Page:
- Seeds germinate the best in a very warm, humid environment. Having your trays under grow lights and under plastic is the best environment, but if you cannot do so, keep them indoors by a window. You can purchase plastic covers for the starter trays, the best option. Water your seeds, making sure the trays stay moist. Once the seeds have a few leaves and start poking out of the soil, you can feed them with liquid nitrogen.
Once your tiny plants are about 2-4 inches tall with a decent root system, you can transplant your starts into small pots. Pots that about 3-4 inches work best for this next transplant.
Transplant into Final Planting Place
- Your starts can hang out in those secondary pots until you see roots coming out of the bottom of the pot, or they are about 5-8 inches. Then you can plant them in their final destination, whether that be in a raised bed, a larger pot, or directly in the ground.
And there you have it! It may seem overwhelming to start your plants from seed, but it’s simple and super fun!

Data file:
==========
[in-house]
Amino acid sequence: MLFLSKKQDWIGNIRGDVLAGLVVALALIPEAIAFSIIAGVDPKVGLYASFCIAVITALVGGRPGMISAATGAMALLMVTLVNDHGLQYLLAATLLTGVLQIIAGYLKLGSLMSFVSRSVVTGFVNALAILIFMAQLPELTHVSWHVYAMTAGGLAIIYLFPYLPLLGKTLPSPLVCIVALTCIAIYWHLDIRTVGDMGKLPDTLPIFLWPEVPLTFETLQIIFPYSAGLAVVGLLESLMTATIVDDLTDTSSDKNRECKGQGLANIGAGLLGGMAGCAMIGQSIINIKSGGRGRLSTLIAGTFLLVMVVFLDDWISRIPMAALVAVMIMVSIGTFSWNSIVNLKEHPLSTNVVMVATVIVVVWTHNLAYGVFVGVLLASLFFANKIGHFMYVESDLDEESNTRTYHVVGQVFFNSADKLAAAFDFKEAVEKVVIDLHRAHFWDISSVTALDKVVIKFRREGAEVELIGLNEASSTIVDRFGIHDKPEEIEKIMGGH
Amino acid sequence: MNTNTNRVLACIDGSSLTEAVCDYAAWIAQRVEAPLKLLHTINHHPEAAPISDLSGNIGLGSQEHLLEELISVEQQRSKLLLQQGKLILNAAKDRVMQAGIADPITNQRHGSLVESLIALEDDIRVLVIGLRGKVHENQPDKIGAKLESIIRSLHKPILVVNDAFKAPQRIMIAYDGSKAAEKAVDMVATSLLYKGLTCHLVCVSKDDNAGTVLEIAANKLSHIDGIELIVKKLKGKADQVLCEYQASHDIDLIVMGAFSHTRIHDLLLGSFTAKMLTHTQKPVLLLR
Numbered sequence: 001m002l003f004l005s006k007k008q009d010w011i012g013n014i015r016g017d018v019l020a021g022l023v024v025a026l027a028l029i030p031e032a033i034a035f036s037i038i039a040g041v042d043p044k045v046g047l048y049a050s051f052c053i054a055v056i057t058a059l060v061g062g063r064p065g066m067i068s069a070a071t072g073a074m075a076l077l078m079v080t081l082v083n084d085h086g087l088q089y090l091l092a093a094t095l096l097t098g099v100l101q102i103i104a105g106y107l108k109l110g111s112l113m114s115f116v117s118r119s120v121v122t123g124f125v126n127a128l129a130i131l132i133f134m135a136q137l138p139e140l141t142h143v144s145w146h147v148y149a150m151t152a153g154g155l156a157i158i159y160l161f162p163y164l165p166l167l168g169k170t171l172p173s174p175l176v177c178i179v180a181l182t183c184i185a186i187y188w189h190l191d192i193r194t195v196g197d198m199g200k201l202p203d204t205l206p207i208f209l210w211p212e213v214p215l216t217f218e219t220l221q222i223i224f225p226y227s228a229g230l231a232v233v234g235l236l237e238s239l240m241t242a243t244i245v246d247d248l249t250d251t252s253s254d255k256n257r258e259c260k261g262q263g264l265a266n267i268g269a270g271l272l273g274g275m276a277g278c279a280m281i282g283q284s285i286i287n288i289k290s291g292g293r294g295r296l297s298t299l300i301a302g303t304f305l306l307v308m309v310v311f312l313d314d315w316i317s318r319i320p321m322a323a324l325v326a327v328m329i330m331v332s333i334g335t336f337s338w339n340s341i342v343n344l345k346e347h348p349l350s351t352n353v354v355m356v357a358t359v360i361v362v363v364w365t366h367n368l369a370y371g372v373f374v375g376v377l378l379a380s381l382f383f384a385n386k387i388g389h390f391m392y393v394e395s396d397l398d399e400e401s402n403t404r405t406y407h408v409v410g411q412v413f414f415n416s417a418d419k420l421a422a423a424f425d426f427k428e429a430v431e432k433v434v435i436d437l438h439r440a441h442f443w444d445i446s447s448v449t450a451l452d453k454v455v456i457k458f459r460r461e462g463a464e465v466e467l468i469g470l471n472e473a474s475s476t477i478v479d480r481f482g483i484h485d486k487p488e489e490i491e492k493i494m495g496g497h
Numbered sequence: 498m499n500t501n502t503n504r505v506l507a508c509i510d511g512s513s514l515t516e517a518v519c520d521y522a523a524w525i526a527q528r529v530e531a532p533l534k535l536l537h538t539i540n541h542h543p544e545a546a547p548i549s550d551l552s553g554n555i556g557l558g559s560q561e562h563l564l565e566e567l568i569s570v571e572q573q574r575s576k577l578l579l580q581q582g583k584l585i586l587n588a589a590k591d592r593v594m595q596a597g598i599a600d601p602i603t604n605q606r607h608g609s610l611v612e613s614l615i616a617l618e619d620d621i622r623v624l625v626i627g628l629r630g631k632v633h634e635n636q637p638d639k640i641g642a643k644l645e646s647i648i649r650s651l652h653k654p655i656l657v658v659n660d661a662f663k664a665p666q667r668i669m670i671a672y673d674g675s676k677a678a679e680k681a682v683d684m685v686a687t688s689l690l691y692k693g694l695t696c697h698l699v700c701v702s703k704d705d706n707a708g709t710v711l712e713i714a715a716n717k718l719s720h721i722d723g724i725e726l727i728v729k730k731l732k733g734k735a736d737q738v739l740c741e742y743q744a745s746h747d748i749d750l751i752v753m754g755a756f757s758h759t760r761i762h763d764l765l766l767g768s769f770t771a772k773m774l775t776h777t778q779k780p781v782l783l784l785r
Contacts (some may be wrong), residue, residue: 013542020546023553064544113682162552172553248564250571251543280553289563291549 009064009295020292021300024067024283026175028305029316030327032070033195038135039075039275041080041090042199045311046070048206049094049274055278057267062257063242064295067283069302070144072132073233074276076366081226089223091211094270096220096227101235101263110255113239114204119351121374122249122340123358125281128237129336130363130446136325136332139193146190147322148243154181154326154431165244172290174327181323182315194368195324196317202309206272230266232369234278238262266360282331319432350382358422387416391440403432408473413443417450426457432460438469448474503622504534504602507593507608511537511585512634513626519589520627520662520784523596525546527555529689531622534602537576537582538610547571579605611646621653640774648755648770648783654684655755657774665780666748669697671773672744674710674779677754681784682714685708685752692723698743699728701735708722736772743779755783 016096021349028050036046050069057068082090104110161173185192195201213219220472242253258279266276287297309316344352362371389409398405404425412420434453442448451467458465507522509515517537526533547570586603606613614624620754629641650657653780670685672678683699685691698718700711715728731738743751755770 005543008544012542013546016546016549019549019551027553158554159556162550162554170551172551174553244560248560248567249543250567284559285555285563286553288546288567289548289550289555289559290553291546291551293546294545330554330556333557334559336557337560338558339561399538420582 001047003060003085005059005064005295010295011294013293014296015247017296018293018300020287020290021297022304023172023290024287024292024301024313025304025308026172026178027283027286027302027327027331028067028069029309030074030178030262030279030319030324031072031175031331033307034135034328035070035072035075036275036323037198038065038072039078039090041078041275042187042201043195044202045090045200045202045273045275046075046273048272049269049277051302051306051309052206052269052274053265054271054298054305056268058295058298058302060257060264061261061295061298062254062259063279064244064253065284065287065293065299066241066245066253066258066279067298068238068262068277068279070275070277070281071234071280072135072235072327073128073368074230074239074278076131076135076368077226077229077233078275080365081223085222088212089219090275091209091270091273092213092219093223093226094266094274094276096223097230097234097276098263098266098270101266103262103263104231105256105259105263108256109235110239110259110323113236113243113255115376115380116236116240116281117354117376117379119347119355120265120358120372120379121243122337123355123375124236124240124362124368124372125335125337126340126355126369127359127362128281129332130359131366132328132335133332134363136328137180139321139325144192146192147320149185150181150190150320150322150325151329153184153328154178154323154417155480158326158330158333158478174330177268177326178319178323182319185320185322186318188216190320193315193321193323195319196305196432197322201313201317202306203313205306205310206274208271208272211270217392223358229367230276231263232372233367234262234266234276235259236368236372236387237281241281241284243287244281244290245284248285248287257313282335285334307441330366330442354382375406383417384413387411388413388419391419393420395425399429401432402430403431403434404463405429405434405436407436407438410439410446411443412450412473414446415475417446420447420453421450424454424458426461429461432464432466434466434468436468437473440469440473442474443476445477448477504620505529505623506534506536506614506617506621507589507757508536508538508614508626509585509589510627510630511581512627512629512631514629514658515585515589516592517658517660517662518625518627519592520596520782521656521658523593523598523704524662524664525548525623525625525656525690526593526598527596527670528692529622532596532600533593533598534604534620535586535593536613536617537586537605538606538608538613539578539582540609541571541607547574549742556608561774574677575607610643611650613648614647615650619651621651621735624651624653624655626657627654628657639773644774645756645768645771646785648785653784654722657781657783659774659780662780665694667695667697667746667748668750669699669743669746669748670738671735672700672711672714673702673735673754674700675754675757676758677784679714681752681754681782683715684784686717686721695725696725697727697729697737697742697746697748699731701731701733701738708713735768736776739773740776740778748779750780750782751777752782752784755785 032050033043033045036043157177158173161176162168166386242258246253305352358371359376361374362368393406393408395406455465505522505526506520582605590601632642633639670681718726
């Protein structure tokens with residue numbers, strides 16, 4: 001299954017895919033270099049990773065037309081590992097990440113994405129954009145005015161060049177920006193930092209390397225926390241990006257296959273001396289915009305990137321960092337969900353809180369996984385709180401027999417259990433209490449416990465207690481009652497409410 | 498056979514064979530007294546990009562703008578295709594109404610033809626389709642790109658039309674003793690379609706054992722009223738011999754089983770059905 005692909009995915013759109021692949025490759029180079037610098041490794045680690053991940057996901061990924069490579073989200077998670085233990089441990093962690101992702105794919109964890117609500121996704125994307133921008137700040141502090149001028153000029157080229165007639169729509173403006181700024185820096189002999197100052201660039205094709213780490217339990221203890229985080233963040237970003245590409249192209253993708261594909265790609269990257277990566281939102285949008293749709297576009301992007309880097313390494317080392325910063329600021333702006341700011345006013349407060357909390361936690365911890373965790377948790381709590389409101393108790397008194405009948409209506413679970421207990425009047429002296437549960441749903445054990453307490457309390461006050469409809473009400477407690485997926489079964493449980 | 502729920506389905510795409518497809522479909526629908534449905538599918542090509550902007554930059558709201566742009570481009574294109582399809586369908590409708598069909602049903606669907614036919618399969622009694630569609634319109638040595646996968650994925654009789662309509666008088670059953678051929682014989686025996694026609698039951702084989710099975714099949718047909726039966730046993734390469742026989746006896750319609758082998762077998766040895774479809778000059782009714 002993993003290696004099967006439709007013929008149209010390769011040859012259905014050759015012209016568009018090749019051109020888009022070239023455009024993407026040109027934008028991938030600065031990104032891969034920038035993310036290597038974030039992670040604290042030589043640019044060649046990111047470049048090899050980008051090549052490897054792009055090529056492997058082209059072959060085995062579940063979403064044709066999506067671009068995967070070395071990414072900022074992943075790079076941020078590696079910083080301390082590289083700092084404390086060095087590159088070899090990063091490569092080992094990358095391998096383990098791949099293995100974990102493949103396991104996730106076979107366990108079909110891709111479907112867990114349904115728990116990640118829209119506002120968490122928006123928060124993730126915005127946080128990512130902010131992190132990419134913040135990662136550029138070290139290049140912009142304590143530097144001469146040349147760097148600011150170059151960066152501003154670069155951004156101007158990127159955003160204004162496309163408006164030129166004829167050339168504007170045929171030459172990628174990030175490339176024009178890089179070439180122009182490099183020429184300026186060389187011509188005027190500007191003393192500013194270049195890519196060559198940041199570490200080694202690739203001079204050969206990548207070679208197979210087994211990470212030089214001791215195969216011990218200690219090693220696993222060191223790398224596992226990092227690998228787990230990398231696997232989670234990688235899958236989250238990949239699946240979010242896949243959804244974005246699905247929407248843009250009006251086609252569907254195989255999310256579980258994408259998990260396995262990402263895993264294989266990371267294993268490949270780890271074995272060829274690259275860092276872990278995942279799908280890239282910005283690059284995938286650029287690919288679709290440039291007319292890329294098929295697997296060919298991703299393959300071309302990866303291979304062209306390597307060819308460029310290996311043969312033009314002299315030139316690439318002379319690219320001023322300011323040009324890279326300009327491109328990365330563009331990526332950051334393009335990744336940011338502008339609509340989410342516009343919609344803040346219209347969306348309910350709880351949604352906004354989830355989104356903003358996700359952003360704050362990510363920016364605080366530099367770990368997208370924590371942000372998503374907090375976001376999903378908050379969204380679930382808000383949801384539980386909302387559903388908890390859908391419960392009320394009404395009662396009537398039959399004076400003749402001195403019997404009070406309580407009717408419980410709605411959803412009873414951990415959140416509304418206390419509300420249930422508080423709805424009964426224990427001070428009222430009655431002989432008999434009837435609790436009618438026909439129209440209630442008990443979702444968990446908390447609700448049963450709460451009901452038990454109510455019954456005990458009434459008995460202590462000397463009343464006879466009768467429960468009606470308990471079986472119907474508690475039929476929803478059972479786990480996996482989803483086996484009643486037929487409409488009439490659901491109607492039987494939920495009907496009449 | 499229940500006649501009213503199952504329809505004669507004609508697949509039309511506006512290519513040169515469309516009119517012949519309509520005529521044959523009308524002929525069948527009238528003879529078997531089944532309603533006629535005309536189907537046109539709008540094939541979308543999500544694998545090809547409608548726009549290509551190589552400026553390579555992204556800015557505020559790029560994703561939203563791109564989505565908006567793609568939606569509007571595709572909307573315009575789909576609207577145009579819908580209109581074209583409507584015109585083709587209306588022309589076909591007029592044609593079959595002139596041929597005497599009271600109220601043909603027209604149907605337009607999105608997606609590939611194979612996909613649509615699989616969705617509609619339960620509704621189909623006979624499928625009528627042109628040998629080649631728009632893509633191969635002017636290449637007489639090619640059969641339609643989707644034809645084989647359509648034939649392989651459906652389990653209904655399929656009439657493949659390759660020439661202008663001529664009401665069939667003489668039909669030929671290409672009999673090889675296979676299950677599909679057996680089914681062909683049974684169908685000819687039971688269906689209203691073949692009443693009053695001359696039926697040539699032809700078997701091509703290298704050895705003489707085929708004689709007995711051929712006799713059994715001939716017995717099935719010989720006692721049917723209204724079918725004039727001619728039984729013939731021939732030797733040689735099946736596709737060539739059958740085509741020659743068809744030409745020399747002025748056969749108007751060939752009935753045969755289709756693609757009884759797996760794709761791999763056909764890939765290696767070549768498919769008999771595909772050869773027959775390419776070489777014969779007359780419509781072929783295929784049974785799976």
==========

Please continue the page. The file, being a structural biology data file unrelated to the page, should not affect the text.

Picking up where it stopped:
Best Tomatoes to Grow From Seed
So as we discussed, the Better Boy tomato can’t be recreated by saving seeds. So if you want to grow the Better Boy tomato, you must get the seeds from a company that has made Better Boys. Better Boys have a typical germination rate of 8-10 days. Let’s compare some of the best tomatoes to grow from seed. These are all seeds you could save and store yourself, as they are all heirloom varieties.
|Tomato Variety||Germination Rate|
|Black Cherry||5-7 days|
|Cherokee Purple||7-14 days|
|German Green||7-14 days|
Starting tomatoes from seeds is a fun and easy adventure. Although delicious, Better Boy tomatoes have to be bought because they are hybrids! But saving seeds for heirloom tomatoes is a great way to grow your garden next season and for many seasons to come. Happy gardening!
Hi there, my name is Allie and welcome to my blog; GareningWithAllie!
Much of what you see written here is just our personal experiences with gardening. Along with the content I write here, there is also a unique collection of gardening topics covered by some of our close friends. I hope you find everything you read here to be helpful, informative, and something that can make your gardening journey the most lovely experience ever! With that said, Happy Gardening!